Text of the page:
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Old February 13, 2015, 03:45 PM   #1
Machineguntony
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Who here is going to admit that they use silencers primarily because they're 'cool'?

A discussion, just for fun, because the NFA forum is my favorite forum.

What I mean by 'cool" is that they're somewhat of a novelty, or that we see them in movies, and we want one.

For me, I find a suppressor somewhat impractical. I think they add extra weight to a gun, extra length, and they block the sights, unless you have high sights. I purchased a handful of silencers a couple of years ago, and now they're just paperweights. I use them only when I want to take a cool, James Bond-ish looking pic with my gun.

People like to argue that suppressors have a utilitarian purpose because they protect against hearing damage. Not really. If anything, use of suppressors may actually increase hearing damage. The reason being that many people who use suppressors wrongly believe that if you use a suppressor, you do not need hearing protection (and I see this phenomenon now with suppressors becoming more common). A suppressor will only bring the decibels down to about 120 dcB. Anything above 85 decibels will cause hearing damage: http://www.nidcd.nih.gov/health/hear...ges/noise.aspx

To the shooter, who is using a suppressor, it may not sound as loud as a regular unsuppressed gun blast, but, no doubt, there is hearing damage that is being cumulatively accrued by the shooter.

Don't get me wrong, I like them a lot, and I encourage people to buy them. But if the ATF took them off the NFA list, I, and I suspect many others, would look at them and say...meh, everyone has one now.

So the pretty girl is all T&A, and nothing inside. Who is going to admit to falling in love with the girl? Step right up.
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Old February 13, 2015, 03:57 PM   #2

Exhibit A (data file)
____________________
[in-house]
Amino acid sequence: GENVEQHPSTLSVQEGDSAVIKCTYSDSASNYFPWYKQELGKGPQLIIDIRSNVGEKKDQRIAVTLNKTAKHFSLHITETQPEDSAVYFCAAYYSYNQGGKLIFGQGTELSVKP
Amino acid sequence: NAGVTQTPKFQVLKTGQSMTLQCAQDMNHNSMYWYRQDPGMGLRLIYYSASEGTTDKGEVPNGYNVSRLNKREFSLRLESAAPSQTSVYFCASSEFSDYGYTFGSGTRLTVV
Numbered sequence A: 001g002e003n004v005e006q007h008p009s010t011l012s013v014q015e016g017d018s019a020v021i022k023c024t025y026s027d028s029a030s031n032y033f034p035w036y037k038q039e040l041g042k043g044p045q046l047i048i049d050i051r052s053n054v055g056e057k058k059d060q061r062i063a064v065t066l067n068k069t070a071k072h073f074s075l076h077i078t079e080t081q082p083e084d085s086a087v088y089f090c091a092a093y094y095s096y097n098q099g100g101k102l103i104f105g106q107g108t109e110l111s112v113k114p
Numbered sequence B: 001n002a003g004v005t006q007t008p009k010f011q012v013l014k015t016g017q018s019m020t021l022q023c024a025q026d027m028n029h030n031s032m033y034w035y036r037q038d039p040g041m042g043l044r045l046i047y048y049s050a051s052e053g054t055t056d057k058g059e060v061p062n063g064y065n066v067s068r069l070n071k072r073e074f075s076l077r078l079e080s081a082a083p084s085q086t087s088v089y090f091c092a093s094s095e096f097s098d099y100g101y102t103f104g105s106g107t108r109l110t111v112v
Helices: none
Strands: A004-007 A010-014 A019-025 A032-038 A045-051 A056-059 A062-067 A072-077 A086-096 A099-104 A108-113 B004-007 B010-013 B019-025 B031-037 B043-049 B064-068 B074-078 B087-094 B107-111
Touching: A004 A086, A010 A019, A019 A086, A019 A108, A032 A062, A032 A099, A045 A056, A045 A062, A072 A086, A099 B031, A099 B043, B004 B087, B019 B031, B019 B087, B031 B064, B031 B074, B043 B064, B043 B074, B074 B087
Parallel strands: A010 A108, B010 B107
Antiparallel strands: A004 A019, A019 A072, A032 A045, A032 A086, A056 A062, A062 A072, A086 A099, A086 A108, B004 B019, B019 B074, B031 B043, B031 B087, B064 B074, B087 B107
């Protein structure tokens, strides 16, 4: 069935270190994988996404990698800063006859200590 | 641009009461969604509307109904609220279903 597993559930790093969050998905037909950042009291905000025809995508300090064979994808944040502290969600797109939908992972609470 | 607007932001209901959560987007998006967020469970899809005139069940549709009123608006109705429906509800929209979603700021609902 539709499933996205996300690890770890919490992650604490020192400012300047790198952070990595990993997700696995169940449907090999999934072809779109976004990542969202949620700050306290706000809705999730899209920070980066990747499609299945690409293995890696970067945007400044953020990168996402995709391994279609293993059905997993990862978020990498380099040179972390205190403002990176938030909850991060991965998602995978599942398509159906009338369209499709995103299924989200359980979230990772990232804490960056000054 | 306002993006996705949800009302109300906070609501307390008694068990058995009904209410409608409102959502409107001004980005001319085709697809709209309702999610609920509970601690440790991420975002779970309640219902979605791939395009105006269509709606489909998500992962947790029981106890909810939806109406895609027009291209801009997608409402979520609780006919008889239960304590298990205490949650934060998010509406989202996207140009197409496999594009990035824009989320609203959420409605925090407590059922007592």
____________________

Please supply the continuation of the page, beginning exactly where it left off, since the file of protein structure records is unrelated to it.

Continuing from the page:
Bill DeShivs
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Without looking up specs and such- I have shot .22s with silencers, and there is not much way the noise would cause hearing damage. Larger calibers may be different.
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Old February 13, 2015, 04:05 PM   #3
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There are times when I would have liked to have had one. For instance, when I lived in FL, we ran deer/hog feeders in a rural neighborhood where I own a lot (all the lots are at least 5 acres and most of the lots are still undeveloped). As a courtesy to the neighbors living there we normally used only archery but having a silenced rifle would have allowed us more range (shooting hogs with a silencer is legal in Fl).
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Old February 13, 2015, 04:06 PM   #4
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Shooting with a silencer is a pretty relaxing experience, but then I've only shot .22 that way.

Having said that an awesome looking AR carbine is going to be a pretty big motivator for me getting a .223 can sometime later this year!

So yes, cool has a lot to answer for!!
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Old February 13, 2015, 08:56 PM   #5
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Quote:
Machineguntony ....... I think they add extra weight to a gun, extra length, and they block the sights, unless you have high sights.